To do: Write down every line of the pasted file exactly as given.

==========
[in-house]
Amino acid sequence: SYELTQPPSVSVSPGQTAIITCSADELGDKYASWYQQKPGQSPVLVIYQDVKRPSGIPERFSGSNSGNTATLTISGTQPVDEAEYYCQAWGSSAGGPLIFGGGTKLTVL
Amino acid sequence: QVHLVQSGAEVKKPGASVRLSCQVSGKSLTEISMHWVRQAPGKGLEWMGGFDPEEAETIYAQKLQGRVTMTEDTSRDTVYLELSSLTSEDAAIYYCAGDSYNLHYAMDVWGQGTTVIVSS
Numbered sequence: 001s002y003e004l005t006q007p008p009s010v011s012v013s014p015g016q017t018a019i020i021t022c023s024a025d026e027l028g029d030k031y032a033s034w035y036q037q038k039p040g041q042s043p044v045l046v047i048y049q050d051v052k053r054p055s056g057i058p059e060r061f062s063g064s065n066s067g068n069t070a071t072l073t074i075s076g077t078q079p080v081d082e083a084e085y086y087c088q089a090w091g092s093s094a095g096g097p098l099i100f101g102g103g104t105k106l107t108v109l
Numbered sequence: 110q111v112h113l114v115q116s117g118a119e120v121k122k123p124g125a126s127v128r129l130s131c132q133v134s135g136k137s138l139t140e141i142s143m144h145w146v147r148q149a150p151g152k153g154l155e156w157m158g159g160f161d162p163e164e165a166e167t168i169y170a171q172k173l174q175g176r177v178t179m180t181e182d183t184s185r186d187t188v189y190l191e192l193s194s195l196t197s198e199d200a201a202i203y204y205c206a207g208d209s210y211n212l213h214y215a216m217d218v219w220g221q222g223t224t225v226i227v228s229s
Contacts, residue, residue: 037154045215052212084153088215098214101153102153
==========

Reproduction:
[in-house]
Amino acid sequence: SYELTQPPSVSVSPGQTAIITCSADELGDKYASWYQQKPGQSPVLVIYQDVKRPSGIPERFSGSNSGNTATLTISGTQPVDEAEYYCQAWGSSAGGPLIFGGGTKLTVL
Amino acid sequence: QVHLVQSGAEVKKPGASVRLSCQVSGKSLTEISMHWVRQAPGKGLEWMGGFDPEEAETIYAQKLQGRVTMTEDTSRDTVYLELSSLTSEDAAIYYCAGDSYNLHYAMDVWGQGTTVIVSS
Numbered sequence: 001s002y003e004l005t006q007p008p009s010v011s012v013s014p015g016q017t018a019i020i021t022c023s024a025d026e027l028g029d030k031y032a033s034w035y036q037q038k039p040g041q042s043p044v045l046v047i048y049q050d051v052k053r054p055s056g057i058p059e060r061f062s063g064s065n066s067g068n069t070a071t072l073t074i075s076g077t078q079p080v081d082e083a084e085y086y087c088q089a090w091g092s093s094a095g096g097p098l099i100f101g102g103g104t105k106l107t108v109l
Numbered sequence: 110q111v112h113l114v115q116s117g118a119e120v121k122k123p124g125a126s127v128r129l130s131c132q133v134s135g136k137s138l139t140e141i142s143m144h145w146v147r148q149a150p151g152k153g154l155e156w157m158g159g160f161d162p163e164e165a166e167t168i169y170a171q172k173l174q175g176r177v178t179m180t181e182d183t184s185r186d187t188v189y190l191e192l193s194s195l196t197s198e199d200a201a202i203y204y205c206a207g208d209s210y211n212l213h214y215a216m217d218v219w220g221q222g223t224t225v226i227v228s229s
Contacts, residue, residue: 037154045215052212084153088215098214101153102153